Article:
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How sustainable fashion and textile production framework can be implemented in Bangladesh

The Sustainable Development Goals (SDGs), also known as the Global Goals, were adopted by the United Nations in 2015 as a universal call to end poverty, protect the planet, ensure peace and prosperity for all by 2030.

Manchester Metropolitan University (MMU), Bangladesh University of Textiles (BUTEX), and BGMEA University of Fashion and Technology (BUFT) are working together with  Global Challenge Research Fund (GCRF) where they will work with two SDG goals: (GOAL 9: Industry, Innovation), Infrastructure (GOAL 12: Responsible Consumption and Production).

Figure 1: GCRF Team.

GCRF is the UK’s official development assistance (ODA) that supports cutting-edge research works to address the challenges faced by developing countries focused on the UN’s sustainable development goals. GCRF has recently developed a framework for sustainable fashion and textile production in Bangladesh and has launched research on zero-waste pattern cutting in mass production. Yesterday, a virtual roundtable discussion on “Sustainable Fashion and Textile Production Structure and Its Implementation in Bangladesh” was arranged by GCRF.

The special guest of the virtual Roundtable Discussion were Nurul Majid Mahmud Humayun MP; Professor Md. Abul Kashem, Vice Chancellor, BUTEX, Dr. S.M. Mahfuzur Rahman, Vice Chancellor, BUFT, Muzaffar U. Siddique, Founder Chairman, Board of Trustees, BUFT.

And the panelists for the project were MD Abul kalam Azad, Project Leader, Sustainable material sourcing & green energy, Decathlon Bangladesh Office; Afsana Ferdousy, Senior Product Developer & Designer, Next Sourcing Ltd. Bangladesh Office; Abu Yousuf, National Operations Manager, ILO- Better Work Programme, Bangladesh; Dr René Van Berkel, UNIDO Representative & Head, Regional Office in India; Dr. MD. Kamrul Islam, Project Director, Bangladesh-Turkey-ISDB Project on Enhancing Capacity in Cotton Varieties Development, Cotton Development Board, Bangladesh; Engr. Sayed Farid Ahammed Managing Director, Unique Washing and Dyeing Ltd.; Engr. Shafiqur Rahman, President, ITET, Bangladesh.

Dr. Julfikar Haider moderated the whole event and Dr. Abu Sadat Muhammad Sayem presented the frameworks and research. The main purpose of cutting zero-waste patterns is to increase the efficiency in the cutting section up to 90-95% from the current efficiency of 80-85%.

Maximum efficiency of cutting-section of garment sector in Bangladesh is 85% which produced 60 billion meters of waste fabric and 22-338 billion kg of carbon equivalent in 2012. But more than 98% of fabric can be used by Zero-Waste Pattern Cutting (ZWPC). ZWPC is an approach, a concept, and a design philosophy that aims to utilize the whole area of fabric within a given length for making one or more garments.

MD Abul kalam Azad said, “Manufacturers are struggling with efficiency, if the project is fully developed for implementation, it will be a great success for the manufacturers especially for the small players”.

Figure 2: Conventional vs proposed apparel design process.

A cost-effective project like ZWPC may be acceptable to stakeholders but practicing a sustainable framework is a difficult task.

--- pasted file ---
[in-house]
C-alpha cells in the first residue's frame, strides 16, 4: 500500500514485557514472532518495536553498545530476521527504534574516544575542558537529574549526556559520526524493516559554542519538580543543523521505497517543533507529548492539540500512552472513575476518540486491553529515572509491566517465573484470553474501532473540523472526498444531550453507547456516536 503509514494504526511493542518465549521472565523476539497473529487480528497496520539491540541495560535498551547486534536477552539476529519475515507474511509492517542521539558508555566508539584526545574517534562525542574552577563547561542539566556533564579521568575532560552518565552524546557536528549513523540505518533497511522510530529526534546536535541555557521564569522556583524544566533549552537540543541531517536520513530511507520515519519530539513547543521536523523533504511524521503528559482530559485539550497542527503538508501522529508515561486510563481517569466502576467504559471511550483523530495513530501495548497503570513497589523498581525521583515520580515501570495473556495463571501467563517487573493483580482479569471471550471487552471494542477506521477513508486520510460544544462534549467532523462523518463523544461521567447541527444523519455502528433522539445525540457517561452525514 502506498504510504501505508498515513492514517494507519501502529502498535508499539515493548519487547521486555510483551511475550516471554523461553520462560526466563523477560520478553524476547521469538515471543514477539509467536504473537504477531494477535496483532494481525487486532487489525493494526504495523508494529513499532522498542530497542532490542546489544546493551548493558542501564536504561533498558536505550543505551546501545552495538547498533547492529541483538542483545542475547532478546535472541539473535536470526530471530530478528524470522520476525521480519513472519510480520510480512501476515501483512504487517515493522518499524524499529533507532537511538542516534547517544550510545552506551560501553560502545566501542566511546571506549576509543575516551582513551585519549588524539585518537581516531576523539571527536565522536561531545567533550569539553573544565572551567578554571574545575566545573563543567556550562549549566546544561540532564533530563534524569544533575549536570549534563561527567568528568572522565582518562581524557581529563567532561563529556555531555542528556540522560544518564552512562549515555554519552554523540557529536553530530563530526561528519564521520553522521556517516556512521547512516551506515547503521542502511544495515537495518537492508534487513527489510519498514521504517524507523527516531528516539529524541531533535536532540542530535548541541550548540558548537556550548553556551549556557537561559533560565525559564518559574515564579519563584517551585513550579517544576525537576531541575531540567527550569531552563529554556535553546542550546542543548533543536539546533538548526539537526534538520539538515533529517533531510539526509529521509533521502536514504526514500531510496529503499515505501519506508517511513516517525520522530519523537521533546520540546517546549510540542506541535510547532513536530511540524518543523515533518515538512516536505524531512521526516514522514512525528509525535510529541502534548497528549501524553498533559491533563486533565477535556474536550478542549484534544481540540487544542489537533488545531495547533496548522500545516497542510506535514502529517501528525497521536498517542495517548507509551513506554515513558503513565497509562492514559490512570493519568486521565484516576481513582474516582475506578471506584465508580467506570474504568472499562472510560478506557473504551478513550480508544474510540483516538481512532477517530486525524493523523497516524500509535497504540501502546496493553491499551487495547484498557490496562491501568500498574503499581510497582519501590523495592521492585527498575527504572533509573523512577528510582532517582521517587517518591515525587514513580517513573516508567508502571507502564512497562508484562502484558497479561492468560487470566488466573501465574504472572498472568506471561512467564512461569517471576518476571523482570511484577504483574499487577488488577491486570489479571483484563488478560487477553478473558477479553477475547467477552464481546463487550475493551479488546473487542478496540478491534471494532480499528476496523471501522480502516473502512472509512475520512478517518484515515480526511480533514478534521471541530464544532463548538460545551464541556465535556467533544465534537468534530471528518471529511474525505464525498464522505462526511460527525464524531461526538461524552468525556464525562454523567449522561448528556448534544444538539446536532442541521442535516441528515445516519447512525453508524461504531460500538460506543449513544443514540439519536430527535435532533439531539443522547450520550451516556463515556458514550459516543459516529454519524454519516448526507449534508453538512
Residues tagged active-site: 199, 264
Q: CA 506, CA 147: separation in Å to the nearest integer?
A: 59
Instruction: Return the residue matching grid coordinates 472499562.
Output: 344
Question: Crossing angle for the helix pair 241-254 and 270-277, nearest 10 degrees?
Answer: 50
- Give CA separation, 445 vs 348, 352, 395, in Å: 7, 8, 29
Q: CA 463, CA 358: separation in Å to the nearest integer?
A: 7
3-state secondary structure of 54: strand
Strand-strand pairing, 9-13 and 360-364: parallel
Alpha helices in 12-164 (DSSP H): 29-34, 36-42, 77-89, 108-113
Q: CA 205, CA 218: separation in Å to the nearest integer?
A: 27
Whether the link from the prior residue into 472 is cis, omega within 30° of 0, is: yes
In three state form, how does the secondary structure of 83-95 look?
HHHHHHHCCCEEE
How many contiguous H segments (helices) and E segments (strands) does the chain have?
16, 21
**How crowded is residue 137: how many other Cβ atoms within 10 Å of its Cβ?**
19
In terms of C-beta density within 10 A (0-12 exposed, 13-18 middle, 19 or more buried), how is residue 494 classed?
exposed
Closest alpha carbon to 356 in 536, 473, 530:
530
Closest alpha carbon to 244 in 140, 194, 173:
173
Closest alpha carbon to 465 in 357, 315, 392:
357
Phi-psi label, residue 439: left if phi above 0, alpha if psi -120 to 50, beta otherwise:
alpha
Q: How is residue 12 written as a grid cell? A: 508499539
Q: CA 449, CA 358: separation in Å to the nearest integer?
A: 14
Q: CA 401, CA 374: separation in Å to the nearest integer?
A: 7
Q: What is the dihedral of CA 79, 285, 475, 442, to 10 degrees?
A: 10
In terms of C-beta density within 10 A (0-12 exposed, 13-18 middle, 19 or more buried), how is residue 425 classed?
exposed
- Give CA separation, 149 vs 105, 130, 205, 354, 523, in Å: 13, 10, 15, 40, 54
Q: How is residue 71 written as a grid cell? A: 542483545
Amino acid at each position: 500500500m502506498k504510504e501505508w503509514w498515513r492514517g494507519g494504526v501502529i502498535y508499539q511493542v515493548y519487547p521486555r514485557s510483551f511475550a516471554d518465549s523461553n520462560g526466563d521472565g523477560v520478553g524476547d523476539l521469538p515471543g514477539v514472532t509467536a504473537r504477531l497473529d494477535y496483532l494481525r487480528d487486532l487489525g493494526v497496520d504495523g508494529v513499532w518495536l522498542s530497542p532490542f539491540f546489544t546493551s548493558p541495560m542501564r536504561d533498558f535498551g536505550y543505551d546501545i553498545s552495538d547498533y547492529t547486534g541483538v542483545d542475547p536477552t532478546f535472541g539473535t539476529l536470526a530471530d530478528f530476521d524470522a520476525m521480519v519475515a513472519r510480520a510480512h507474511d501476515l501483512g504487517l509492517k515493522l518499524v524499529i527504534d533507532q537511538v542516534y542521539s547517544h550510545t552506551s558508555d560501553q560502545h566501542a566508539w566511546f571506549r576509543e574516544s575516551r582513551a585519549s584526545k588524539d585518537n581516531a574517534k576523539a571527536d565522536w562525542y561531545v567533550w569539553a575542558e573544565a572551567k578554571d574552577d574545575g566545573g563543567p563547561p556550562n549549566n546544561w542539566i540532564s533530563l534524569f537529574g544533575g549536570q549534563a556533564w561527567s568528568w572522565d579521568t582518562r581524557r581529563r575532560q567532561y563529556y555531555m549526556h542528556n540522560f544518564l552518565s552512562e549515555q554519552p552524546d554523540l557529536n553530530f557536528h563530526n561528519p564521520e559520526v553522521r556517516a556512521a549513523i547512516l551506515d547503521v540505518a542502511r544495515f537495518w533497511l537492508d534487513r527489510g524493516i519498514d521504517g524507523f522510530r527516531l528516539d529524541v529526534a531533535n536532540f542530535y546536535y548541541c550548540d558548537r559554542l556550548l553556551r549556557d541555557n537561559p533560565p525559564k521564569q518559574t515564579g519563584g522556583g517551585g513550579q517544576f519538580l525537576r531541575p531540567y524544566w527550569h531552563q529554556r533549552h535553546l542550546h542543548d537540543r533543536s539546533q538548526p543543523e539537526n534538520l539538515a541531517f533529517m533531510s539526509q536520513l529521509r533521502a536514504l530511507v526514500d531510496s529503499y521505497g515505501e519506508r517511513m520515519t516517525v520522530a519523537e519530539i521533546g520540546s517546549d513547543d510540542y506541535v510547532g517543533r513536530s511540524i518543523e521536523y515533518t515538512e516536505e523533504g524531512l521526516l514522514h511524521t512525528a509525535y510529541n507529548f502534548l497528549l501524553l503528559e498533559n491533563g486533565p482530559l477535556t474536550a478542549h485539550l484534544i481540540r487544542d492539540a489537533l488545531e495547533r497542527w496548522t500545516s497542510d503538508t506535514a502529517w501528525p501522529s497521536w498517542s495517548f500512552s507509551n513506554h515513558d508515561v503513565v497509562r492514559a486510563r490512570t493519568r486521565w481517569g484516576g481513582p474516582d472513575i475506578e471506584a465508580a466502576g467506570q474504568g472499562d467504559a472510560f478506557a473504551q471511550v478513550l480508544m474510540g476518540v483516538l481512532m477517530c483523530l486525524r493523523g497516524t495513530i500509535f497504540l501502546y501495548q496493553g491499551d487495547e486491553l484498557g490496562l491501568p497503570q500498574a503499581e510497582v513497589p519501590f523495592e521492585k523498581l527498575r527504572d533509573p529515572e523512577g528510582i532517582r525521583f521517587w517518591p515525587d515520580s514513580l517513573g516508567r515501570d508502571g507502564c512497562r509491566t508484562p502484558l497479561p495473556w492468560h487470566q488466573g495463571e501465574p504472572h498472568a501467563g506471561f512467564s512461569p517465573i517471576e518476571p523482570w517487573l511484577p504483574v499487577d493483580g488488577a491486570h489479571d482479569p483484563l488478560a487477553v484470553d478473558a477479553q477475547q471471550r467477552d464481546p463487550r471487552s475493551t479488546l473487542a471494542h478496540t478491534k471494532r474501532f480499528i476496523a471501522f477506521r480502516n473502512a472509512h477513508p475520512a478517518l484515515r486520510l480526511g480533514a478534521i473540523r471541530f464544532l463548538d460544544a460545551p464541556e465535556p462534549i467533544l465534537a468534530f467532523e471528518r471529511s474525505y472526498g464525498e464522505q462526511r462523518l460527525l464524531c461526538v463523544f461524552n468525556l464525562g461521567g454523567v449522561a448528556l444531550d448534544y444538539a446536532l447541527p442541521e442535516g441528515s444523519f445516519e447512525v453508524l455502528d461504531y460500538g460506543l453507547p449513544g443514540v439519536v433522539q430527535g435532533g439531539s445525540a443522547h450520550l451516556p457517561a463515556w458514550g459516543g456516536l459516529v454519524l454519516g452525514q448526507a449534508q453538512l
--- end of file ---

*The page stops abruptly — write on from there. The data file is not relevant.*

Shwapna Bhowmick, Country Manager at Marks and Spencer, Bangladesh said, “Implementation will be the most difficult part of this framework because all stakeholders are needed to bring together. Also, sustainable thinking is something caught overnight. Top manufacturers should come forward to implement sustainable projects as role models”.

The sustainable framework presented by the GCRF provides a toolkit to help achieve the UN SDGs in fashion and textile production.

UN SDG 12 asks member countries to have sustainable consumption and production national action plan. Bangladesh SDG tracker acknowledges this but doesn’t indicate its existence. Bangladesh Eighth Five Year Plan (July 2020 – June 2025) emphasizes promoting sustainable consumption and production. The industry needs an easy-to-follow toolkit to reduce GHG emissions by 50% to stay at the 1.5°C pathway.

These frameworks will be easy for manufacturers to follow. Nurul Majid Mahmud Humayun said, “Bangladesh has always supported the UN STG goals and these projects will help the two UN STG goals”. “BUFT & BUTEX has always worked for the prosperity of Bangladesh’s textile and garment industry, the largest export sector”, he added.

Figure 3: I-A-E Frameworks for Sustainable fashion & Textile Production.

These frameworks will be difficult to implement. Sustainability always has a cost. Buyers are forcing manufacturers towards sustainability but are not willing to pay a fair price. Professor Md. Abul Kashem said, “Textile manufacturers in Bangladesh are building green factories and LEED-certified factories but buyers are not willing to pay the price for that sustainable investment”. The costs of a LEED-certified factory will be higher than that of a non-LEED-certified factory.

Abu Yousuf said, “To succeed in this project we need a financial framework for sustainable production and government framework to create skilled manpower”.

Dr. René Van Berkel, UNIDO Representative & Head, Regional Office in India said, “The system needs to be improved and sustainability initiatives need to be taken and UN would like to work on the promotion of implication”.

If anyone has any feedback or input regarding the published news, please contact: info@textiletoday.com.bd

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